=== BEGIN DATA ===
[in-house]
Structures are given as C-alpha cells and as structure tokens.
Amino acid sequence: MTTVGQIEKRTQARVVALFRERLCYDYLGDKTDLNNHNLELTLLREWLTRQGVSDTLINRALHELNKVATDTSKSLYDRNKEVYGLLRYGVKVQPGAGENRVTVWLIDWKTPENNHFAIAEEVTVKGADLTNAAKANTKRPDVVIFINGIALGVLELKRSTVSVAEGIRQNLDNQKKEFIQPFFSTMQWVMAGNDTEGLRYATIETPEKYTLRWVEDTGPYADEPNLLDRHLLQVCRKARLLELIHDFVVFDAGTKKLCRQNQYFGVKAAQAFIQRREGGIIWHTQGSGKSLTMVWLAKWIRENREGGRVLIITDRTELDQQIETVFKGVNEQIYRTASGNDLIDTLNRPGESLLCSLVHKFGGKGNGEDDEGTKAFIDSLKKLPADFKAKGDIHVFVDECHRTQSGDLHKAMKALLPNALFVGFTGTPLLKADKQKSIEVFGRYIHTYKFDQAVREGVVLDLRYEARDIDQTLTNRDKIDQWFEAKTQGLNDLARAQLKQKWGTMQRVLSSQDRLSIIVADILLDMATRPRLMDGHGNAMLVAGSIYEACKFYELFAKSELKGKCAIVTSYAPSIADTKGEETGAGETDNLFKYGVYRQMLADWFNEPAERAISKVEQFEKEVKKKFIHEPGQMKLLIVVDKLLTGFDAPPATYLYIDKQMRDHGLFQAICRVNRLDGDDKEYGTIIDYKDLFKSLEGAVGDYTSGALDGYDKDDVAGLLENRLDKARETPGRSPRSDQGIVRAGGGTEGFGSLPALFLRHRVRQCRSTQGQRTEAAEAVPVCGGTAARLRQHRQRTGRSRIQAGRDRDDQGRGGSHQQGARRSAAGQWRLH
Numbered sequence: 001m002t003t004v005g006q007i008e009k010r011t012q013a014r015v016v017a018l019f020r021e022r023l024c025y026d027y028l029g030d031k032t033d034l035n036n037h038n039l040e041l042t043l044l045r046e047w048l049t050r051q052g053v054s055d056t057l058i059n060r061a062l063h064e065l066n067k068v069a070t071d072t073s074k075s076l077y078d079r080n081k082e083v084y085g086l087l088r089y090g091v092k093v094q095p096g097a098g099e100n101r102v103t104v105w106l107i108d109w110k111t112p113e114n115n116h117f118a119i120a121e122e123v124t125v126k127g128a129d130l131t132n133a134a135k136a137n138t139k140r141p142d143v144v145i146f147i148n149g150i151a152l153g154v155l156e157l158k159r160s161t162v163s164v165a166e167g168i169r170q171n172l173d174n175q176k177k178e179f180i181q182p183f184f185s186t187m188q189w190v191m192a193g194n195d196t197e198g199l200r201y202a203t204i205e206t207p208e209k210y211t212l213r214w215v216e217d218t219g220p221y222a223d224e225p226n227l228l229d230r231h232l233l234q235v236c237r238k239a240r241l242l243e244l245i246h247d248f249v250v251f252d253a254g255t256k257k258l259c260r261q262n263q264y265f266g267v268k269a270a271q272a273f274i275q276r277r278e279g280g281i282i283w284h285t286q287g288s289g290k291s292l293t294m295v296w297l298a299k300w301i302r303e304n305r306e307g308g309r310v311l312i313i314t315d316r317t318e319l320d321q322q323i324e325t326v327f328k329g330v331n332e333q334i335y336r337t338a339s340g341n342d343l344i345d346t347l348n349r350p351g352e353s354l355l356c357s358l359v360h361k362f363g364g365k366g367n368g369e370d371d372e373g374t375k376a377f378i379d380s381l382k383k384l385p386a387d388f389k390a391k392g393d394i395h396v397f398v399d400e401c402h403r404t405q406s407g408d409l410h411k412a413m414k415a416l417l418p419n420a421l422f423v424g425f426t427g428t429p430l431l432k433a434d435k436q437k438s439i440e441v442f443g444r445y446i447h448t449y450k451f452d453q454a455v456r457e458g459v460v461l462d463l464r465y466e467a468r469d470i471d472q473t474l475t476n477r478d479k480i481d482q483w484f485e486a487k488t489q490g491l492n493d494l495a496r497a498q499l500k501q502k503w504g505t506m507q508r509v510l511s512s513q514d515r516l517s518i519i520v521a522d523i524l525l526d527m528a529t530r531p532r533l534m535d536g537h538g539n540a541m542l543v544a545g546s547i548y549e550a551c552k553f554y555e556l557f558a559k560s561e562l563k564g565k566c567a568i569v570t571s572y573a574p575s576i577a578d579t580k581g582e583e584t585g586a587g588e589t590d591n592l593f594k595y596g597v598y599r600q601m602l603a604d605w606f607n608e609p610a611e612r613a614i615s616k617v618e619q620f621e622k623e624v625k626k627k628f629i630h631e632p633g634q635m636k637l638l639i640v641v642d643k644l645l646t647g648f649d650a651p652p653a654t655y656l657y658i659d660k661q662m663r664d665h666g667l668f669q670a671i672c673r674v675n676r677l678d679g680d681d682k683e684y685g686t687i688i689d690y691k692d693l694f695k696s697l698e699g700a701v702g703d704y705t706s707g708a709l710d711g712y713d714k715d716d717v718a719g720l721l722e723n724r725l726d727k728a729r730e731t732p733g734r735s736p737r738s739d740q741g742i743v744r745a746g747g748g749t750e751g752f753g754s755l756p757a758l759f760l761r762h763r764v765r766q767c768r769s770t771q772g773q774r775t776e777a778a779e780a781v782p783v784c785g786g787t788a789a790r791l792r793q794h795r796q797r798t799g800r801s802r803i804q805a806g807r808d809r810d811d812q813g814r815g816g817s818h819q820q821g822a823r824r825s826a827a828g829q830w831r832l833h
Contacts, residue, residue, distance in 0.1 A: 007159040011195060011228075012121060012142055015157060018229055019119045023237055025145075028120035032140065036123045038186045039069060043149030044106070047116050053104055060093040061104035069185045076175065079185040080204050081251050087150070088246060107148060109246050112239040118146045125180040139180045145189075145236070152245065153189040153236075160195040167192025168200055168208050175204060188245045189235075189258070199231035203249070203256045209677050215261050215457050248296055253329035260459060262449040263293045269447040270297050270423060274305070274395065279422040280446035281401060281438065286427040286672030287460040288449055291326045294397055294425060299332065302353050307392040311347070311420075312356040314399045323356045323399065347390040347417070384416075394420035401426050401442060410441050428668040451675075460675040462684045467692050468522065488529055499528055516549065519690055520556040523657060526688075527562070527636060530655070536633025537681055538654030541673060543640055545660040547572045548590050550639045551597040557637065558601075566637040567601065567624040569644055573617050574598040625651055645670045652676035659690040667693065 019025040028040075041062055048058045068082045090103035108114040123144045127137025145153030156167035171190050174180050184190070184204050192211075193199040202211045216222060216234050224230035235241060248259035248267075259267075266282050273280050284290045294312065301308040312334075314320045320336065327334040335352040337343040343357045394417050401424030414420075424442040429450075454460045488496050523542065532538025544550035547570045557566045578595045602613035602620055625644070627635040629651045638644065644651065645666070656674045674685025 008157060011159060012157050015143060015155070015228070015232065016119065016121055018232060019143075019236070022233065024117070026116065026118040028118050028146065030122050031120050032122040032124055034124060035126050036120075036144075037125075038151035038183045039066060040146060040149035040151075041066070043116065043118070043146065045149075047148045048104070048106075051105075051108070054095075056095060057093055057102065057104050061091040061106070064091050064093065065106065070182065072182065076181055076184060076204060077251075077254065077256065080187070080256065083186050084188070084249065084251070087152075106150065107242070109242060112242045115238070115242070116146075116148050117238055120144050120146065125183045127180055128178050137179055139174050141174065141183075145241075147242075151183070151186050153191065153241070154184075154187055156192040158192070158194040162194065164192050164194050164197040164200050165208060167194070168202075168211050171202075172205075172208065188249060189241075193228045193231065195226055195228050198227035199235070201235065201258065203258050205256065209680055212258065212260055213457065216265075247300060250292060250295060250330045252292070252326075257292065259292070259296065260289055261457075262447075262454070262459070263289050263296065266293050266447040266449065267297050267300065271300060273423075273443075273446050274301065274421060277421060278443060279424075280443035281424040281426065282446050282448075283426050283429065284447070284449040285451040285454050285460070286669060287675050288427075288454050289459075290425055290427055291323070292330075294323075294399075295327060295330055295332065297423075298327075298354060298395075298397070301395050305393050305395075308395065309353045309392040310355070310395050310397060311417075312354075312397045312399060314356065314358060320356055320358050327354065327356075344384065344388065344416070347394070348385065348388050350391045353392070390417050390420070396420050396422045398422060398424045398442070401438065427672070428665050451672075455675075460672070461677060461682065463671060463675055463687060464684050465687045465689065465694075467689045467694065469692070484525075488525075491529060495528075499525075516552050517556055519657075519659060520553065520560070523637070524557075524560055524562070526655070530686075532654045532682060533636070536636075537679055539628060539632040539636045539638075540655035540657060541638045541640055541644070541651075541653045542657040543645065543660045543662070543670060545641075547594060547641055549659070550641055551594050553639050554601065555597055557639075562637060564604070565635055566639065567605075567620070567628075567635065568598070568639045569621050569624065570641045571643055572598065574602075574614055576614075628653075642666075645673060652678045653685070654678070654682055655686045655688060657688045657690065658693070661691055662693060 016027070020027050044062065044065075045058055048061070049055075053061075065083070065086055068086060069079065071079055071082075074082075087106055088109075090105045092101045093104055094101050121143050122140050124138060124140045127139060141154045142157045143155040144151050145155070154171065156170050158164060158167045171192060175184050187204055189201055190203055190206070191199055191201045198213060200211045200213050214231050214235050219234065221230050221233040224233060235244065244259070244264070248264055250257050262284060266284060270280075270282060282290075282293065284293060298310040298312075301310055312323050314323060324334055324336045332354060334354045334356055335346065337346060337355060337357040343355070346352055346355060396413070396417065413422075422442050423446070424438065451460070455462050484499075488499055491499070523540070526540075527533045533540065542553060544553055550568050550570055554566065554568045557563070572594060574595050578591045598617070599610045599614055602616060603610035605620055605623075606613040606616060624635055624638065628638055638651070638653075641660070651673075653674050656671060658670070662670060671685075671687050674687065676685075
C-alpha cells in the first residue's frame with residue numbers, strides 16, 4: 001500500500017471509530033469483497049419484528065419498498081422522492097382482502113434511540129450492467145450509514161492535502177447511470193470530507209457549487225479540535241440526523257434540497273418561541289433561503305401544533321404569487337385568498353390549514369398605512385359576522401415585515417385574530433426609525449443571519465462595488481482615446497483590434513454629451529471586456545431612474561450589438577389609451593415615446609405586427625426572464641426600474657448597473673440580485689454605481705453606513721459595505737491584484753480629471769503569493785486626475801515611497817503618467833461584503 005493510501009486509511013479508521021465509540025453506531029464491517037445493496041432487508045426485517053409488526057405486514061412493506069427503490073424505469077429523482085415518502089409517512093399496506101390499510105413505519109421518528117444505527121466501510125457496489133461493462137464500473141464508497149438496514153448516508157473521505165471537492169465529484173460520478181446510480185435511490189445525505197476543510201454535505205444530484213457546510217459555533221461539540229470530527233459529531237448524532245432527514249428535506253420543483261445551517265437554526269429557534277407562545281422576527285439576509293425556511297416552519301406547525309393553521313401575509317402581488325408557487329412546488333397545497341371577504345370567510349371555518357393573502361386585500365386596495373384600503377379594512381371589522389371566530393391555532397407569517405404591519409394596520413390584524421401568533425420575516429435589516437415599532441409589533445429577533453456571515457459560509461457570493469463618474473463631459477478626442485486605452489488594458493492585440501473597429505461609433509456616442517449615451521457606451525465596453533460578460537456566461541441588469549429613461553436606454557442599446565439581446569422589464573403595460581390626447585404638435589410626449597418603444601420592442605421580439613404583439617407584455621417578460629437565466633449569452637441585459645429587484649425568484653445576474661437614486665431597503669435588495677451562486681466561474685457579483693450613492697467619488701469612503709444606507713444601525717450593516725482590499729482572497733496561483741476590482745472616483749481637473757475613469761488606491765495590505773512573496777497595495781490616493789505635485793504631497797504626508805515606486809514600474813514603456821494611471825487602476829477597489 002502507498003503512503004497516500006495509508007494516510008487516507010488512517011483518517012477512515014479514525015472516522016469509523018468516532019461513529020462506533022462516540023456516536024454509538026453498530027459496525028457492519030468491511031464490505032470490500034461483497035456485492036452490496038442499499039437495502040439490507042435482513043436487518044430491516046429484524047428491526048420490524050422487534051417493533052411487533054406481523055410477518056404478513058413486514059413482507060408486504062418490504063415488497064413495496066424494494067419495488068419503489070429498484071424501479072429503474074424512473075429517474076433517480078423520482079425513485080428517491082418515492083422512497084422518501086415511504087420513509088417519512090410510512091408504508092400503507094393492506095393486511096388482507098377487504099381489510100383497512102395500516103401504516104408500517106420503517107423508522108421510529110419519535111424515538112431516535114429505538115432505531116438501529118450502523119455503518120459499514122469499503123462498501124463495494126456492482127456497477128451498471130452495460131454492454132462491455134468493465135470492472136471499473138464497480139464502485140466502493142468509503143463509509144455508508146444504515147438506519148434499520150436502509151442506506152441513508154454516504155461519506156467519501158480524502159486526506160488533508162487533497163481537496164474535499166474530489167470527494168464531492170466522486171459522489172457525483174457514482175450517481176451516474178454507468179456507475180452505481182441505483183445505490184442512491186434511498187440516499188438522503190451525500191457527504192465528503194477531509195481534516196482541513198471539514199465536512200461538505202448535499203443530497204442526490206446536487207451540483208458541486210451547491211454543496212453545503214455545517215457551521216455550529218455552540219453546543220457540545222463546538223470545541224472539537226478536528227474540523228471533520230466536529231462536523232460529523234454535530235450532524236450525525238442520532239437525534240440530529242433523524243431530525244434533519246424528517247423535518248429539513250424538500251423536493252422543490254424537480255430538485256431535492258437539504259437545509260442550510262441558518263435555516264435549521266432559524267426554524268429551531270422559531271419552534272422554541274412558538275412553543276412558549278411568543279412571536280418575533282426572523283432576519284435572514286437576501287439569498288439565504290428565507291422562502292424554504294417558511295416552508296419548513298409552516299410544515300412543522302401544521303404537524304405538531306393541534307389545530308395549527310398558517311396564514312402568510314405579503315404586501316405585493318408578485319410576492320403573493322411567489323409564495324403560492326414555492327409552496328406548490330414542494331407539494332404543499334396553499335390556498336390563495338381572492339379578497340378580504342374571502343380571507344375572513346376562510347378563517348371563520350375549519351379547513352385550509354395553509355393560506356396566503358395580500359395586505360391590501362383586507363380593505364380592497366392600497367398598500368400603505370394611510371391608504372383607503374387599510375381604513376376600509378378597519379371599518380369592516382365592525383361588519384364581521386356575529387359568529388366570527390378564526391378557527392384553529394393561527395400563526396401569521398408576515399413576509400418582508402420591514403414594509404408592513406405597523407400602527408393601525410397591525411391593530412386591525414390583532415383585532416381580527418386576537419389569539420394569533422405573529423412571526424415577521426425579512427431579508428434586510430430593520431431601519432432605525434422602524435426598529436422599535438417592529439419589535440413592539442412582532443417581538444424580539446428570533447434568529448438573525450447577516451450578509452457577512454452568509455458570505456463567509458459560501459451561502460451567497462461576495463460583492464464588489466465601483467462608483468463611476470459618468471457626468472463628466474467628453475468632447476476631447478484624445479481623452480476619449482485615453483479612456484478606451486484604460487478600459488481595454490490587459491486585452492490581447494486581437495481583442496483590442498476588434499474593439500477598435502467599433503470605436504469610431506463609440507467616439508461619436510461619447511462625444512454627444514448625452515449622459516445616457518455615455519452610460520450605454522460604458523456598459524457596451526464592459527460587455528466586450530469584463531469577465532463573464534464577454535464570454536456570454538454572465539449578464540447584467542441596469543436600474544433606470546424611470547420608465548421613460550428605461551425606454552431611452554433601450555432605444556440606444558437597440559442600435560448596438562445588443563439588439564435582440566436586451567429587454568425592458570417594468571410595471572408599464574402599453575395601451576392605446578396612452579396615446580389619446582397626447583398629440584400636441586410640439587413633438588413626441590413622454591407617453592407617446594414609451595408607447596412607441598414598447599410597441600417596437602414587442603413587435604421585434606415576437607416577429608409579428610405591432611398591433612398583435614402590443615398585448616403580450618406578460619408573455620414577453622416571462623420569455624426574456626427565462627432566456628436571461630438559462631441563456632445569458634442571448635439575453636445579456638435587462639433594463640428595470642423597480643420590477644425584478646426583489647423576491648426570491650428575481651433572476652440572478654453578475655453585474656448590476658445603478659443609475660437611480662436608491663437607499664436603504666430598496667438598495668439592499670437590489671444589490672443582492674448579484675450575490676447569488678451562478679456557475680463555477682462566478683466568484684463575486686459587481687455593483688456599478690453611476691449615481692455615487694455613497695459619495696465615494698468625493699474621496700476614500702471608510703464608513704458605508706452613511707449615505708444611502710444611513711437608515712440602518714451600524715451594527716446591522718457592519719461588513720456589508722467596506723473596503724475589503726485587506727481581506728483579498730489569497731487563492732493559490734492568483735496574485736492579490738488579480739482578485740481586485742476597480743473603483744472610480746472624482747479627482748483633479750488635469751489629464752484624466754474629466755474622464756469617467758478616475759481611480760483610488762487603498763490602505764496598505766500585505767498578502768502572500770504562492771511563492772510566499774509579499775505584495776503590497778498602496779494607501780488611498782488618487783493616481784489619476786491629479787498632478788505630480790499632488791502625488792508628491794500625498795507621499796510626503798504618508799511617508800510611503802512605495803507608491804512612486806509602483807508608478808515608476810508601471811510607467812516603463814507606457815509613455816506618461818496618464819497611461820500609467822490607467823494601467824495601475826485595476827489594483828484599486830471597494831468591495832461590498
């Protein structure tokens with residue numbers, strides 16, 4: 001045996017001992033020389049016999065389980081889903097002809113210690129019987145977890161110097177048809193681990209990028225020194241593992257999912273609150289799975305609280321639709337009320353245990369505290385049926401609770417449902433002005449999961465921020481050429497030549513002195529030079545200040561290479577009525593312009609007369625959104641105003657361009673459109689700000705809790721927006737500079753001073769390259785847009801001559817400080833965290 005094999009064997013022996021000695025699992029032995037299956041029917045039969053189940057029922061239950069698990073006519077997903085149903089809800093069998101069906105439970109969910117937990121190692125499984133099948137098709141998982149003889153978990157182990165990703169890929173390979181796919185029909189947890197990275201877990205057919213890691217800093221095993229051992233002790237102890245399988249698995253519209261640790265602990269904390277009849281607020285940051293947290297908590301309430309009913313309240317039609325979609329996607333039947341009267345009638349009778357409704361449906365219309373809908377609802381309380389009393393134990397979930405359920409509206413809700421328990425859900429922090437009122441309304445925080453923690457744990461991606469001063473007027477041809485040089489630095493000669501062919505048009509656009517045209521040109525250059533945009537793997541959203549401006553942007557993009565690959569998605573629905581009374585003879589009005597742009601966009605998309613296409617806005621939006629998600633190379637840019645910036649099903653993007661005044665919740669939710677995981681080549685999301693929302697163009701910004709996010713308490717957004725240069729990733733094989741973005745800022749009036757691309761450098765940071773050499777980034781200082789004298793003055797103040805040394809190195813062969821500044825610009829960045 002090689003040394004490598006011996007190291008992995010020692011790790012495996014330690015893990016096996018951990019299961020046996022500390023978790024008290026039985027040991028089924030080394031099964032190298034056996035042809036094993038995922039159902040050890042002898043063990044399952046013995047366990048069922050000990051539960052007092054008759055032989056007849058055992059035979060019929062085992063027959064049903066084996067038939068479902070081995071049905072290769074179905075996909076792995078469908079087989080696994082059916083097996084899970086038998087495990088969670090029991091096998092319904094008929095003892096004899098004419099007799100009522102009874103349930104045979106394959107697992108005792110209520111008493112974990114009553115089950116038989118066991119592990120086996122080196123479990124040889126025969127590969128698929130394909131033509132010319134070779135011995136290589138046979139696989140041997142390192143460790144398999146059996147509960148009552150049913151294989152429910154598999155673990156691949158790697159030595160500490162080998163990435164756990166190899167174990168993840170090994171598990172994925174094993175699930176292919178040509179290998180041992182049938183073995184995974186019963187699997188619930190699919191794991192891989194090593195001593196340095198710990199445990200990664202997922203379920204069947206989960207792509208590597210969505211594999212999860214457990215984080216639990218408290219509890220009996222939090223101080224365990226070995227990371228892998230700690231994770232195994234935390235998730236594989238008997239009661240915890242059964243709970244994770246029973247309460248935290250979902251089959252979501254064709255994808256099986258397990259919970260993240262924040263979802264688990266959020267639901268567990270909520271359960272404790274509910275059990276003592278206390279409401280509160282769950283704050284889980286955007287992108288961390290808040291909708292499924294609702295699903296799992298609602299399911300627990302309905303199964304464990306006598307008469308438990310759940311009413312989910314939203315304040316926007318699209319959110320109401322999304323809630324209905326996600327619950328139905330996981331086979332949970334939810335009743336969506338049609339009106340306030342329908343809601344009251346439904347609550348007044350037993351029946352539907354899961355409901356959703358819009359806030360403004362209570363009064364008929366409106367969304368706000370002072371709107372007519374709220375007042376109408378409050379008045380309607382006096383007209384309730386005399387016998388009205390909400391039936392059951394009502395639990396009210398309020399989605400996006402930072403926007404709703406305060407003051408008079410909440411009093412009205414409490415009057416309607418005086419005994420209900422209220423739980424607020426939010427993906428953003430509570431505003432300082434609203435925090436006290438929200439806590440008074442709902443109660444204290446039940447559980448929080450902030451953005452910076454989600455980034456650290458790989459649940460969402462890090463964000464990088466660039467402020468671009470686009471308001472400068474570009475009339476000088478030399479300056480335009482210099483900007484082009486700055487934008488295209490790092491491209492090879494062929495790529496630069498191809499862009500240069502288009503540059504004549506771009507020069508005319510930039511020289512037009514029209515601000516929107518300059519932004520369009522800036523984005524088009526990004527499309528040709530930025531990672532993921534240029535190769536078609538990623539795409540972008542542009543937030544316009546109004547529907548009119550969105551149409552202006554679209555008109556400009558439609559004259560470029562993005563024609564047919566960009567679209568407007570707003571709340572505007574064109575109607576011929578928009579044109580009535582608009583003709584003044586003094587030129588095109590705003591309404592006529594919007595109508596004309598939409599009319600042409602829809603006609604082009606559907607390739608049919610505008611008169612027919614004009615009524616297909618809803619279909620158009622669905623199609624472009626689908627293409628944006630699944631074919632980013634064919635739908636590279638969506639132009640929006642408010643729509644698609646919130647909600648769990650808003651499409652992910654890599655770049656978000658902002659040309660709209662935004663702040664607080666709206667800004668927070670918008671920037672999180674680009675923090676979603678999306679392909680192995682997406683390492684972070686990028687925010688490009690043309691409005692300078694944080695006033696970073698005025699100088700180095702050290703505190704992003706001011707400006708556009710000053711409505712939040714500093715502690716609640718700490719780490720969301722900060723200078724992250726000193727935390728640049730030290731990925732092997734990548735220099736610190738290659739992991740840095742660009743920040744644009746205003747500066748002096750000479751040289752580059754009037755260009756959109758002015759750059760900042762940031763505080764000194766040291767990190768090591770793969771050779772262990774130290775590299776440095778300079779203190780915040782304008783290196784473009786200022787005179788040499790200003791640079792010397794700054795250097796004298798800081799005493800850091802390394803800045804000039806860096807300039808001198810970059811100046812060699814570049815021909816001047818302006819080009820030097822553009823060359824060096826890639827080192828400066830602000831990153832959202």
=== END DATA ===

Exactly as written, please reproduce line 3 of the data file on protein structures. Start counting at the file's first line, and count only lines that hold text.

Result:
Amino acid sequence: MTTVGQIEKRTQARVVALFRERLCYDYLGDKTDLNNHNLELTLLREWLTRQGVSDTLINRALHELNKVATDTSKSLYDRNKEVYGLLRYGVKVQPGAGENRVTVWLIDWKTPENNHFAIAEEVTVKGADLTNAAKANTKRPDVVIFINGIALGVLELKRSTVSVAEGIRQNLDNQKKEFIQPFFSTMQWVMAGNDTEGLRYATIETPEKYTLRWVEDTGPYADEPNLLDRHLLQVCRKARLLELIHDFVVFDAGTKKLCRQNQYFGVKAAQAFIQRREGGIIWHTQGSGKSLTMVWLAKWIRENREGGRVLIITDRTELDQQIETVFKGVNEQIYRTASGNDLIDTLNRPGESLLCSLVHKFGGKGNGEDDEGTKAFIDSLKKLPADFKAKGDIHVFVDECHRTQSGDLHKAMKALLPNALFVGFTGTPLLKADKQKSIEVFGRYIHTYKFDQAVREGVVLDLRYEARDIDQTLTNRDKIDQWFEAKTQGLNDLARAQLKQKWGTMQRVLSSQDRLSIIVADILLDMATRPRLMDGHGNAMLVAGSIYEACKFYELFAKSELKGKCAIVTSYAPSIADTKGEETGAGETDNLFKYGVYRQMLADWFNEPAERAISKVEQFEKEVKKKFIHEPGQMKLLIVVDKLLTGFDAPPATYLYIDKQMRDHGLFQAICRVNRLDGDDKEYGTIIDYKDLFKSLEGAVGDYTSGALDGYDKDDVAGLLENRLDKARETPGRSPRSDQGIVRAGGGTEGFGSLPALFLRHRVRQCRSTQGQRTEAAEAVPVCGGTAARLRQHRQRTGRSRIQAGRDRDDQGRGGSHQQGARRSAAGQWRLH